Tuesday, July 9, 2013
Once, in Zepa
"...when Srebrenica fell, that automatically meant that Zepa would fall,” Palic said.
Death of a community, the fall of Zepa
The Serb army had just finished up their most recent killing spree in Srebrenica, as thousands - men, women, children, families and elders were fleeing for their lives from one village to another hoping to spare themselves the same fate. In a small village outside of the UN protected 'safe haven' of Srebrenica, some villagers took the road that led into the town of Žepa. There they were quickly repelled by the oncoming column of Serb soldiers entering the village from the other side. At the entrance to Žepa, in obvious danger the refugees fled to the hills, into the forest, to save themselves.
Caught a short time after, the women and children were put on buses and dropped off at the front lines. The survivors found their way to refugee camps in Bosnian held territory at Zenica.
The men and older boys were taken prisoner and brought to concentration camps in Serbia. July 25th, 1995.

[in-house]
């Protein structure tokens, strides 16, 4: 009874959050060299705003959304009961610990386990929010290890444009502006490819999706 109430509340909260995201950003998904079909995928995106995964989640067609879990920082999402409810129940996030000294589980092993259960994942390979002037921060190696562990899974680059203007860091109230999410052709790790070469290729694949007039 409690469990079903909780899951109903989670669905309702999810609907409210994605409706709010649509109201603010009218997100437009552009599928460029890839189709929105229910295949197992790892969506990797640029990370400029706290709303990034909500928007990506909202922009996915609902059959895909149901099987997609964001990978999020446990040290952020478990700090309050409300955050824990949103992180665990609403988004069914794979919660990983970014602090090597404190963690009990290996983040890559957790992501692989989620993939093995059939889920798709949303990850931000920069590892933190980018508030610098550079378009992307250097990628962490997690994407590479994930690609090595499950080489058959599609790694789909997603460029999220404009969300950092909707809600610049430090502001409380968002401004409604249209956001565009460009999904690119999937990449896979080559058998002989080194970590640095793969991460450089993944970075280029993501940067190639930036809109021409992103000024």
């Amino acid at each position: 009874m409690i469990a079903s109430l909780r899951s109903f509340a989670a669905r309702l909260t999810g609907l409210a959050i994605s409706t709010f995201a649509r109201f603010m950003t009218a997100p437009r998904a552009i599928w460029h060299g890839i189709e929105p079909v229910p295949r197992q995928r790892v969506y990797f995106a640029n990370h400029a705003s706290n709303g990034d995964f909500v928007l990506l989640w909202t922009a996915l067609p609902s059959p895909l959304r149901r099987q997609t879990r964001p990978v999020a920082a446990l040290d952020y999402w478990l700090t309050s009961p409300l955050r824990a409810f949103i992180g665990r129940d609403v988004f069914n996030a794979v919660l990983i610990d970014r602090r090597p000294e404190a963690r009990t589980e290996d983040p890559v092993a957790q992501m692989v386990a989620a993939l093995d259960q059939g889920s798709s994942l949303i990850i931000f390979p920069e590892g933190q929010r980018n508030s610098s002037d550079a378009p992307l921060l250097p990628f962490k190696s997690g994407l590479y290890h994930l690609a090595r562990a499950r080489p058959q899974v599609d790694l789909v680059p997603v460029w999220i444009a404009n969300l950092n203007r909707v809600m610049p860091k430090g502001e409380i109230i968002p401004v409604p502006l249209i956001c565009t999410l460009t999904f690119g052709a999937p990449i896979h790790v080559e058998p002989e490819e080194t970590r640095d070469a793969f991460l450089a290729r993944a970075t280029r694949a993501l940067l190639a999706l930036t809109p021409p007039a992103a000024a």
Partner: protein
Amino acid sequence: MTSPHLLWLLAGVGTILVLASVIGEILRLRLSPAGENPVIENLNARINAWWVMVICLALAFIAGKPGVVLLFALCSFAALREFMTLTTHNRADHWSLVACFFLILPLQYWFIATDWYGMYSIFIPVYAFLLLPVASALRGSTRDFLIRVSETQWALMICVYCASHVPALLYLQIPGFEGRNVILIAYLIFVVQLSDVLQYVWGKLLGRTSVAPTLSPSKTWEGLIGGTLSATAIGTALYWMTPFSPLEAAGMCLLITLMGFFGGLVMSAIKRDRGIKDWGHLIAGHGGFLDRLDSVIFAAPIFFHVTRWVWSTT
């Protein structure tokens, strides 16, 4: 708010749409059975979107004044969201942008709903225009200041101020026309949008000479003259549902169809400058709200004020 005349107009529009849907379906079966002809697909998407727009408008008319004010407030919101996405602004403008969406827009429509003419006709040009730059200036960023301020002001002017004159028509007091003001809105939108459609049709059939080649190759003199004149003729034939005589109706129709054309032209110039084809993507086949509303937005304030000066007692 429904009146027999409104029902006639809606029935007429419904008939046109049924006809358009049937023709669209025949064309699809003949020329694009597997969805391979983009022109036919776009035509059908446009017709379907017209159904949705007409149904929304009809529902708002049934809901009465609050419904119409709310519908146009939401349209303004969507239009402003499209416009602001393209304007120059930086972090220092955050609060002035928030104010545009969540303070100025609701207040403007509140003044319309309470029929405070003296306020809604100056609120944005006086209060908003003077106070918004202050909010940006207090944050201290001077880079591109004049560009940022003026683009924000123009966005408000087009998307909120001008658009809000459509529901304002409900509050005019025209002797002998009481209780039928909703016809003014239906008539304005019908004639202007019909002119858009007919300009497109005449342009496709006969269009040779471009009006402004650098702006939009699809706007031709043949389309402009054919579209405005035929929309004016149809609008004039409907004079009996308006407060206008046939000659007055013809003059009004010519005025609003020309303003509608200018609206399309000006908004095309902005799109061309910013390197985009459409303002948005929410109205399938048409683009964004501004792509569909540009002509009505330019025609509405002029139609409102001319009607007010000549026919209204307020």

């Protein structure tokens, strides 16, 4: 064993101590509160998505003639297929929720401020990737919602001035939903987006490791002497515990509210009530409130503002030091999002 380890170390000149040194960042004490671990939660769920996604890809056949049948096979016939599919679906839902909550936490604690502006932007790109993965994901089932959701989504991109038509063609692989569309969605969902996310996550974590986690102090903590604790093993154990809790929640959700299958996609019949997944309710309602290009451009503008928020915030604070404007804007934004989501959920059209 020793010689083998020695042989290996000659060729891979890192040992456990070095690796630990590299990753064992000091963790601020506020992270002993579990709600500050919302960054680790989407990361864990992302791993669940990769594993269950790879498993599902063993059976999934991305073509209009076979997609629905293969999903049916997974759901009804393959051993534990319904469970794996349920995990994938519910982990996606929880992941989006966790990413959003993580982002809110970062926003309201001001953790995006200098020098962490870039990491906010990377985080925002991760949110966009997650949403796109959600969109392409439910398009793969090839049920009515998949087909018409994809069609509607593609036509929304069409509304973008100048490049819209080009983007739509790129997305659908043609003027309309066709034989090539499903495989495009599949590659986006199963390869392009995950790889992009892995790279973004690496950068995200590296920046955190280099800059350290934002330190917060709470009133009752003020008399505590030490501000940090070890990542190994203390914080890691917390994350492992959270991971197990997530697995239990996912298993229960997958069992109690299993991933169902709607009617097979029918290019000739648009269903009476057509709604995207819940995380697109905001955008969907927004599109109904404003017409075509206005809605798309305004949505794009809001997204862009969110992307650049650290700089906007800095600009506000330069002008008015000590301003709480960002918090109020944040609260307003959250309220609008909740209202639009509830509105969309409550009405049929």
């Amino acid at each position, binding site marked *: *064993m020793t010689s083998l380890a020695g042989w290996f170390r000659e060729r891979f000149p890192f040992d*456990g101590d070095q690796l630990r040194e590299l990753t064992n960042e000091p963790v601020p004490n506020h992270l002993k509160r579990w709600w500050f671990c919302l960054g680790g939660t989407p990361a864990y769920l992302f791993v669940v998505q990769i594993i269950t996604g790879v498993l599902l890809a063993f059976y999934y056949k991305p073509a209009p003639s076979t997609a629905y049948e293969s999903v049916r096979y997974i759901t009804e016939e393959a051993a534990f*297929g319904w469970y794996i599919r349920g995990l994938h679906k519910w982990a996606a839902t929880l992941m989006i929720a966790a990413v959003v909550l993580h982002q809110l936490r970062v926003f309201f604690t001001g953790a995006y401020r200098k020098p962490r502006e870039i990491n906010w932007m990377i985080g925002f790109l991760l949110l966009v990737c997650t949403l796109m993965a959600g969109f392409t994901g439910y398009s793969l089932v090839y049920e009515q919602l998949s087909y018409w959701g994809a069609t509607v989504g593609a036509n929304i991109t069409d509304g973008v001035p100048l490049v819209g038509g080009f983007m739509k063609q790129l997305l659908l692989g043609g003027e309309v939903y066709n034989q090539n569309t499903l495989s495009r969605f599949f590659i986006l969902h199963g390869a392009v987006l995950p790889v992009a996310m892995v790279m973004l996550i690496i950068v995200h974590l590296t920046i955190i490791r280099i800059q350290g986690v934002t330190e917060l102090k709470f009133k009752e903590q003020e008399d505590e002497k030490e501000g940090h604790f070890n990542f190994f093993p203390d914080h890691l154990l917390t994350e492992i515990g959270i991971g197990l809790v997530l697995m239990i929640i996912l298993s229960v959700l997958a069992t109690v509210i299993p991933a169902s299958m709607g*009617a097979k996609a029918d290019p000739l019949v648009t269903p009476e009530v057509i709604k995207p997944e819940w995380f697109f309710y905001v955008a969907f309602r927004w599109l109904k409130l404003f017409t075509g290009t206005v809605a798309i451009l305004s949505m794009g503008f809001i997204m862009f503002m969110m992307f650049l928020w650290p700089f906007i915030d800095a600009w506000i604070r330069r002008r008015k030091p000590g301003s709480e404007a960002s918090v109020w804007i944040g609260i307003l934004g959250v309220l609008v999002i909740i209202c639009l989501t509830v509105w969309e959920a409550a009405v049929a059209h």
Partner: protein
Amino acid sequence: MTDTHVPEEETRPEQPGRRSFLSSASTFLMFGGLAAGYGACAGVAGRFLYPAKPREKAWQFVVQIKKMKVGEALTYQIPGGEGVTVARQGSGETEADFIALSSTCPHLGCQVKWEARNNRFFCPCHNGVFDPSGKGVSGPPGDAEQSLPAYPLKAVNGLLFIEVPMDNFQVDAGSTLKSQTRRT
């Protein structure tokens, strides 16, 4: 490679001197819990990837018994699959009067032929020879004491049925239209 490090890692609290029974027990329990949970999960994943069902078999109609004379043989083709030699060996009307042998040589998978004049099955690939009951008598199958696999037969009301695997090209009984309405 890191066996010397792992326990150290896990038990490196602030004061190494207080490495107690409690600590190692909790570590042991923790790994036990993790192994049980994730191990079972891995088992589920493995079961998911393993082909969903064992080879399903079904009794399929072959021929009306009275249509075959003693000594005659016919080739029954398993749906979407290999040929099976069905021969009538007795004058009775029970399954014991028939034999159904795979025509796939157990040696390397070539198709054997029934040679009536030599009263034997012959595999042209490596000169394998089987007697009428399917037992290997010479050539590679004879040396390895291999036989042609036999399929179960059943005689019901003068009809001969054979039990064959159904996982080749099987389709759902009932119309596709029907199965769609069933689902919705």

Some survived and were liberated from those camps by the Red Cross, who then gave them safe passage as refugees to host countries around the world. In Denver, eight months after Dayton was signed, I was visiting one of the refugee ghetto's on Beeler Street and bore witness to stories of horror and pain. The stories, whispered in long sentences between terse puffs of cigarettes in broken English and halting Bosnian affected me deeply and I would never forget them.
In remembrance of friends and family now gone, and with respect to the Ramic family along with thousands of other people, like my parents and also my dearest grandparents who repatriated to countries, not their own and lived to bear witness. Lived to eventually reemerge victorious, if broken-hearted and create a new life for themselves and their families.
Conquerors over death and destruction. Refugees. Survivors.
"As in Srebrenica, Serb nationalist leaders offered to expel Muslim women and children from Zepa, but detain the men as "prisoners."Serb forces have blocked all attempts for aid workers to visit the Srebrenica men supposedly taken prisoner.
Serbs overran Zepa a few days after an emergency international conference called after Srebrenica was seized. The conference issued a warning to Serb nationalists that they faced serious consequences if they attacked the third "protected zone" of Gorazde. However, no mention was made of Zepa; the international community decided to write off the town -- and its 16,000 inhabitants -- as lost,despite a UN Security Council vote pledging to protect it. Gorazde is the sole remaining Bosnian enclave between the Serbian border and Sarajevo."
originally posted on SilvanaMondo 7/26/12